Conducting Transactional Profitability Assessments

All too many organizations have become comfortable managing at an aggregate level. In the past, this was necessary because the technology, know-how, and statistical tools to mine data efficiently at a detailed level simply did not exist. This, however, is no longer the case. Organizations can now take advantage of technological advances, beginning with a transactional profitability assessment (TPA, also known as “transactional analytics”). This basic analytic seeks to identify opportunities for an organization to improve performance through an enhanced understanding of transaction-level profitability. A unified data set brings exceptional—and invaluable—visibility to the core of an organization's business models. A TPA is designed to identify common pricing problems that can result from inefficiencies in sales, processes, policies, and cost to serve through close analysis of internal pricing practices and data.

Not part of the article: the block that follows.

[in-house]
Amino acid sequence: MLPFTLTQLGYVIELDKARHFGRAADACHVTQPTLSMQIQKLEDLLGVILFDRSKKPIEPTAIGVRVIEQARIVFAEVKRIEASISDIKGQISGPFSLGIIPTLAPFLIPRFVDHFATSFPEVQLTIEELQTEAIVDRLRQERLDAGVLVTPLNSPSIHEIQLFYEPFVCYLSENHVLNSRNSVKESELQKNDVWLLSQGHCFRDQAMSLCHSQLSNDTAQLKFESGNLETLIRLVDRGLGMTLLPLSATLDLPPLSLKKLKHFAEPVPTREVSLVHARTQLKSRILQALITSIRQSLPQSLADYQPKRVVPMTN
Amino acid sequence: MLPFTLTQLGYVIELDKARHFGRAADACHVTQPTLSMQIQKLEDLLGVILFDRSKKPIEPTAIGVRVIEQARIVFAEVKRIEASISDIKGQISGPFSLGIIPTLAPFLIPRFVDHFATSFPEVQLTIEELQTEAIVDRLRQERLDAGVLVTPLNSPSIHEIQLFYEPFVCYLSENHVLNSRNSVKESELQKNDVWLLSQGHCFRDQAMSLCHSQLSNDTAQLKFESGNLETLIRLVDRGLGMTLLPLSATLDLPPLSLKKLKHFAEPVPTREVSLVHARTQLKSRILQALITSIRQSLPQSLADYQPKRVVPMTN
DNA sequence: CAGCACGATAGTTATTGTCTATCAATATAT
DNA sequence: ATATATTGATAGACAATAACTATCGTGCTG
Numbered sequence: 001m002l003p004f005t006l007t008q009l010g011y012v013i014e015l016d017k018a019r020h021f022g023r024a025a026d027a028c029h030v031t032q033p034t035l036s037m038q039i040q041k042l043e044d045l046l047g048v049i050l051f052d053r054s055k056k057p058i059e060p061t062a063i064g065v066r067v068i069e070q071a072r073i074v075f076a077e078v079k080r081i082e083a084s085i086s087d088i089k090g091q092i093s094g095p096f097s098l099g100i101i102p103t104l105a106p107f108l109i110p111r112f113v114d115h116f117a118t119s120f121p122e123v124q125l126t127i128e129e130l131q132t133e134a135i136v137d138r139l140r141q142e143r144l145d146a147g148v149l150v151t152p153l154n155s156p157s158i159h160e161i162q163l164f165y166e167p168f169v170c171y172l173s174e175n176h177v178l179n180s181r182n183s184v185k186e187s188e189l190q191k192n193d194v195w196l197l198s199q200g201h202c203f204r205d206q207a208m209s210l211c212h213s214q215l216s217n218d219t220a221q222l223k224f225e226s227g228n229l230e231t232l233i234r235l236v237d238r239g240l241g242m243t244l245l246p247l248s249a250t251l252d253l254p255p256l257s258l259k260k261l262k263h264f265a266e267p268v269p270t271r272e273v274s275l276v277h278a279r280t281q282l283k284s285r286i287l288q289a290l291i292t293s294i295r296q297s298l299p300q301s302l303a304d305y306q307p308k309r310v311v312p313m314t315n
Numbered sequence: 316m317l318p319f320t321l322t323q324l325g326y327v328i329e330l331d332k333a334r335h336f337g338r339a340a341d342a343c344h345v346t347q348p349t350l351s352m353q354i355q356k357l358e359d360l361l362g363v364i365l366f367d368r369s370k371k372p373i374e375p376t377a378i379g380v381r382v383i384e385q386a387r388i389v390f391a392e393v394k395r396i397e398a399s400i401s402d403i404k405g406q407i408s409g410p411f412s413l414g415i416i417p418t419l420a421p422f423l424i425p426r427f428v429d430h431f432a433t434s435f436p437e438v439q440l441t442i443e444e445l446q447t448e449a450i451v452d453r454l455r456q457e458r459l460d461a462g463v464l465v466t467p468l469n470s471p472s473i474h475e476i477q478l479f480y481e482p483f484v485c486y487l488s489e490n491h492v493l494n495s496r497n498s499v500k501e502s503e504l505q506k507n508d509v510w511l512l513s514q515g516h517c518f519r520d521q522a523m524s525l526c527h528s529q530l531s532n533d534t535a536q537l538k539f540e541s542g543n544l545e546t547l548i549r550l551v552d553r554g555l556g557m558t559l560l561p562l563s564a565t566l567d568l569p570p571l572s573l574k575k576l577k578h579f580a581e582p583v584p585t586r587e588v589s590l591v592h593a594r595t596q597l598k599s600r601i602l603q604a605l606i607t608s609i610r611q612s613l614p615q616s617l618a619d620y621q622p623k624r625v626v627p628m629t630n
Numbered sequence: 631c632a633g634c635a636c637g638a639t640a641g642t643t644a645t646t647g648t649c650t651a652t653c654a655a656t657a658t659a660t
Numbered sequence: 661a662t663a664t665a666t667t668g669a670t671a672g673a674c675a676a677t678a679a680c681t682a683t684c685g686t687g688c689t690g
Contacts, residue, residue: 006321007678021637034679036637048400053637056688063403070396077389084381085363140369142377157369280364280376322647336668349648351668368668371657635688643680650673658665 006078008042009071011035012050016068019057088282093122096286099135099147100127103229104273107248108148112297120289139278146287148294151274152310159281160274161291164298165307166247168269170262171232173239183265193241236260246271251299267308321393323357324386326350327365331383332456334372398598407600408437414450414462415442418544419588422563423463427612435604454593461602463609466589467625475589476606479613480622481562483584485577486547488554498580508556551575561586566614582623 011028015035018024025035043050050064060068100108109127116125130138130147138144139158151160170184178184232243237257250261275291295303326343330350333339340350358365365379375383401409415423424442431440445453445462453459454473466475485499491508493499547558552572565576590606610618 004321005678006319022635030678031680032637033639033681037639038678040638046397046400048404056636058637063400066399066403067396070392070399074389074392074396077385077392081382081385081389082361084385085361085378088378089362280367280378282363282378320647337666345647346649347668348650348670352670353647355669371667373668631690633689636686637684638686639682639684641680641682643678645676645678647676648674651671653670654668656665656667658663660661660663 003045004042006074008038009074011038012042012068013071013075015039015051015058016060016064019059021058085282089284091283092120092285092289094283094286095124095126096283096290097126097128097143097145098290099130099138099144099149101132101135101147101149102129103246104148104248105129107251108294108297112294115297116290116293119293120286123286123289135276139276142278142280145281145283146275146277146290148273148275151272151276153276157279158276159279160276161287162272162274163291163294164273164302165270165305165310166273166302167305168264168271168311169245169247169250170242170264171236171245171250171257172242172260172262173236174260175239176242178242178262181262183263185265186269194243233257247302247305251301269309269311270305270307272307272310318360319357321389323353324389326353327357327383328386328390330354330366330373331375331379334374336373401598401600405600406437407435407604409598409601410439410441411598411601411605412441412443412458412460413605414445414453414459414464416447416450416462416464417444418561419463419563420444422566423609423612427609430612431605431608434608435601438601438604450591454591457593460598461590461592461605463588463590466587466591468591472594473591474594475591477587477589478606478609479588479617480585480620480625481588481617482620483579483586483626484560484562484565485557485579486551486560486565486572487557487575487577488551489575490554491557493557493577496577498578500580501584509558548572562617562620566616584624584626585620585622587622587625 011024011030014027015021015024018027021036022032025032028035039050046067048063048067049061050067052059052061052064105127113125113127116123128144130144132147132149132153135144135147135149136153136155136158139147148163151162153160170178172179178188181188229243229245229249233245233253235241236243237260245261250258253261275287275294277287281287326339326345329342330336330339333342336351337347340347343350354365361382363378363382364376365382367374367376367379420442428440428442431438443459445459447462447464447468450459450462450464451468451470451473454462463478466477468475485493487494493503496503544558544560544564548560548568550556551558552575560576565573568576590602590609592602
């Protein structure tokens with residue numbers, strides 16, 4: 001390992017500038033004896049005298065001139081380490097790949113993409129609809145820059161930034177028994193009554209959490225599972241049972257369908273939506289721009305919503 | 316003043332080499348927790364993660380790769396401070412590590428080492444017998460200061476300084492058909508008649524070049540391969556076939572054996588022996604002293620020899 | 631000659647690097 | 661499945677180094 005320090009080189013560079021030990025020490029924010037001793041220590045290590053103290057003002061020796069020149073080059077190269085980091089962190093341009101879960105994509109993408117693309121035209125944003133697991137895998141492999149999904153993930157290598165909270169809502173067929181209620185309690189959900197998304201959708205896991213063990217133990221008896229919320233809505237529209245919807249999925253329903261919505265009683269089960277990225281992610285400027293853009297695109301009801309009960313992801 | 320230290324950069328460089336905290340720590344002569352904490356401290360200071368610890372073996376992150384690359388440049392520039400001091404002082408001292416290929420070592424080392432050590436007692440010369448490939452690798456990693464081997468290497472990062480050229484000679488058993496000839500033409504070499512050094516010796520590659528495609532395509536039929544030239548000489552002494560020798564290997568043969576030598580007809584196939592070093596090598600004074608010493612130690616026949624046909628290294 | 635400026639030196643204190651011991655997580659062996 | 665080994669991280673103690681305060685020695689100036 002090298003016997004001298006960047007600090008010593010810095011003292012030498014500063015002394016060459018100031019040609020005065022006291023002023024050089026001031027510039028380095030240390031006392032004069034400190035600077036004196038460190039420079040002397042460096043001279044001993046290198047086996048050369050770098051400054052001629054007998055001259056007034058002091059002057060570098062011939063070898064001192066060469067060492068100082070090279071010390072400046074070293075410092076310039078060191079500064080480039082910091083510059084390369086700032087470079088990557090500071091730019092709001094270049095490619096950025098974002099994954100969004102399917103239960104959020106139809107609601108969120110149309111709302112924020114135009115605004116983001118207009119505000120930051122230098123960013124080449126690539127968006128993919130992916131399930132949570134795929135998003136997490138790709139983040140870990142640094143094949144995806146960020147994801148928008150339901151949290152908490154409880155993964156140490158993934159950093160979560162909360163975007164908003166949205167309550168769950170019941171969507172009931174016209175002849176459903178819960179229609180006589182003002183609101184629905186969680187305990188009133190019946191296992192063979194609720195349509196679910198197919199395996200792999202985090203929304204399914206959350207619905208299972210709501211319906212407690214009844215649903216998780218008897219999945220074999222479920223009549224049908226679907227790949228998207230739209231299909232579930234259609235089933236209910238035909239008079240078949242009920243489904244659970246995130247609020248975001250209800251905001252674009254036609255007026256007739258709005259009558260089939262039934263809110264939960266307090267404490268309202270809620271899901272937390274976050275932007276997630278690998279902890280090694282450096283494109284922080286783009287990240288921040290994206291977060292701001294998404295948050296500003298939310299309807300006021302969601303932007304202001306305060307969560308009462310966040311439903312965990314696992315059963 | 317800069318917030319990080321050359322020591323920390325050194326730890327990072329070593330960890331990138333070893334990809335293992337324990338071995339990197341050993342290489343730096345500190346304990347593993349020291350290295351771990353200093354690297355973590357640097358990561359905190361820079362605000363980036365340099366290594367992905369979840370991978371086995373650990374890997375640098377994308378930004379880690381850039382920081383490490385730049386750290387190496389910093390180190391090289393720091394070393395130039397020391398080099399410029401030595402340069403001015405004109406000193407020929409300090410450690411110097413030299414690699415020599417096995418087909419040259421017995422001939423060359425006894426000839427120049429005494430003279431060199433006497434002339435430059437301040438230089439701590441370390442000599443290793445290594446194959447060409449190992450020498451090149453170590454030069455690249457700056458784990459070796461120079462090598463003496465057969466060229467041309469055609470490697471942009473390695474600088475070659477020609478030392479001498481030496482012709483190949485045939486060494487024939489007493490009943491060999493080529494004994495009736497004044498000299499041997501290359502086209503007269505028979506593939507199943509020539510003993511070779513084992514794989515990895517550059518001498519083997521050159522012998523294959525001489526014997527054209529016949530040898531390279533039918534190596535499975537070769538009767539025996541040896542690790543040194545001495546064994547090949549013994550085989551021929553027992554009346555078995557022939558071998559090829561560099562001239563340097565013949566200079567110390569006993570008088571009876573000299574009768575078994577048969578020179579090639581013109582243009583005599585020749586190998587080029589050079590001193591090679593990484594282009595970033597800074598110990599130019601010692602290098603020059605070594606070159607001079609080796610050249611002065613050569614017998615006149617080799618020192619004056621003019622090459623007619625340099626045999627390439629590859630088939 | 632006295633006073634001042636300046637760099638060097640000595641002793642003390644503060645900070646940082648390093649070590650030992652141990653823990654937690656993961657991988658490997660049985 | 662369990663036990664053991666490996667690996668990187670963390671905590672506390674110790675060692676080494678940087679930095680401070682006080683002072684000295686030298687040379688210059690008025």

Though businesses often factor supply, demand, and product positioning strategies into their decision making, many leave profit on the table at the transactional level, where product meets customer. Invoice price is generally used to measure revenue. Unfortunately, the difference between invoice price and actual price (after discounts, rebates, and other customer concessions are factored in) can result in significant reductions to the bottom-line profit. Businesses are not leaving this money on the table on purpose. The ...

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